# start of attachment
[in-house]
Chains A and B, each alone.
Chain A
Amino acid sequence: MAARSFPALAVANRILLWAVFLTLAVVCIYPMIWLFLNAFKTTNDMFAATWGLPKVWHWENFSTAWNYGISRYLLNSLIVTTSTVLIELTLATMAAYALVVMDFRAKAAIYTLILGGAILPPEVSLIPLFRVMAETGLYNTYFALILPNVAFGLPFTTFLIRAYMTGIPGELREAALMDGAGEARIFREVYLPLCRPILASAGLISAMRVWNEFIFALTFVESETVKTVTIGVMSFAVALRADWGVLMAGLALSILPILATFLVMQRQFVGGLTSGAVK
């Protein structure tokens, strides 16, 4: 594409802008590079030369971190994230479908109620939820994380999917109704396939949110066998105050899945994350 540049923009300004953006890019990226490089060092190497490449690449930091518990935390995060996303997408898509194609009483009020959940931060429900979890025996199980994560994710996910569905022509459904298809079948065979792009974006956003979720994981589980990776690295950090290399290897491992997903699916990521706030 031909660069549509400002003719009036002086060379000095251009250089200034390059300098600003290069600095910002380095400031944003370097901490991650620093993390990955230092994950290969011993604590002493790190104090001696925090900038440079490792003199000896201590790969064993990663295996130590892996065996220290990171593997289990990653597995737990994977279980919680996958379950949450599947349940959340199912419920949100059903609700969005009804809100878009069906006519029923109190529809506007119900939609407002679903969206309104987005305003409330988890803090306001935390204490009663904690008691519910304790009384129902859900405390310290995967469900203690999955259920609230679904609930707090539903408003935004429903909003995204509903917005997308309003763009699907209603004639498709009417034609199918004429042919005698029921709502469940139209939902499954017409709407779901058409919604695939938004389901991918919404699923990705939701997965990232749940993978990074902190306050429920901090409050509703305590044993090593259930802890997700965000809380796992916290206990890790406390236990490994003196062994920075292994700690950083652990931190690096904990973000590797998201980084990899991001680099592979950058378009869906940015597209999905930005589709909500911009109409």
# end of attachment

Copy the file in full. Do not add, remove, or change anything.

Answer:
[in-house]
Chains A and B, each alone.
Chain A
Amino acid sequence: MAARSFPALAVANRILLWAVFLTLAVVCIYPMIWLFLNAFKTTNDMFAATWGLPKVWHWENFSTAWNYGISRYLLNSLIVTTSTVLIELTLATMAAYALVVMDFRAKAAIYTLILGGAILPPEVSLIPLFRVMAETGLYNTYFALILPNVAFGLPFTTFLIRAYMTGIPGELREAALMDGAGEARIFREVYLPLCRPILASAGLISAMRVWNEFIFALTFVESETVKTVTIGVMSFAVALRADWGVLMAGLALSILPILATFLVMQRQFVGGLTSGAVK
């Protein structure tokens, strides 16, 4: 594409802008590079030369971190994230479908109620939820994380999917109704396939949110066998105050899945994350 540049923009300004953006890019990226490089060092190497490449690449930091518990935390995060996303997408898509194609009483009020959940931060429900979890025996199980994560994710996910569905022509459904298809079948065979792009974006956003979720994981589980990776690295950090290399290897491992997903699916990521706030 031909660069549509400002003719009036002086060379000095251009250089200034390059300098600003290069600095910002380095400031944003370097901490991650620093993390990955230092994950290969011993604590002493790190104090001696925090900038440079490792003199000896201590790969064993990663295996130590892996065996220290990171593997289990990653597995737990994977279980919680996958379950949450599947349940959340199912419920949100059903609700969005009804809100878009069906006519029923109190529809506007119900939609407002679903969206309104987005305003409330988890803090306001935390204490009663904690008691519910304790009384129902859900405390310290995967469900203690999955259920609230679904609930707090539903408003935004429903909003995204509903917005997308309003763009699907209603004639498709009417034609199918004429042919005698029921709502469940139209939902499954017409709407779901058409919604695939938004389901991918919404699923990705939701997965990232749940993978990074902190306050429920901090409050509703305590044993090593259930802890997700965000809380796992916290206990890790406390236990490994003196062994920075292994700690950083652990931190690096904990973000590797998201980084990899991001680099592979950058378009869906940015597209999905930005589709909500911009109409």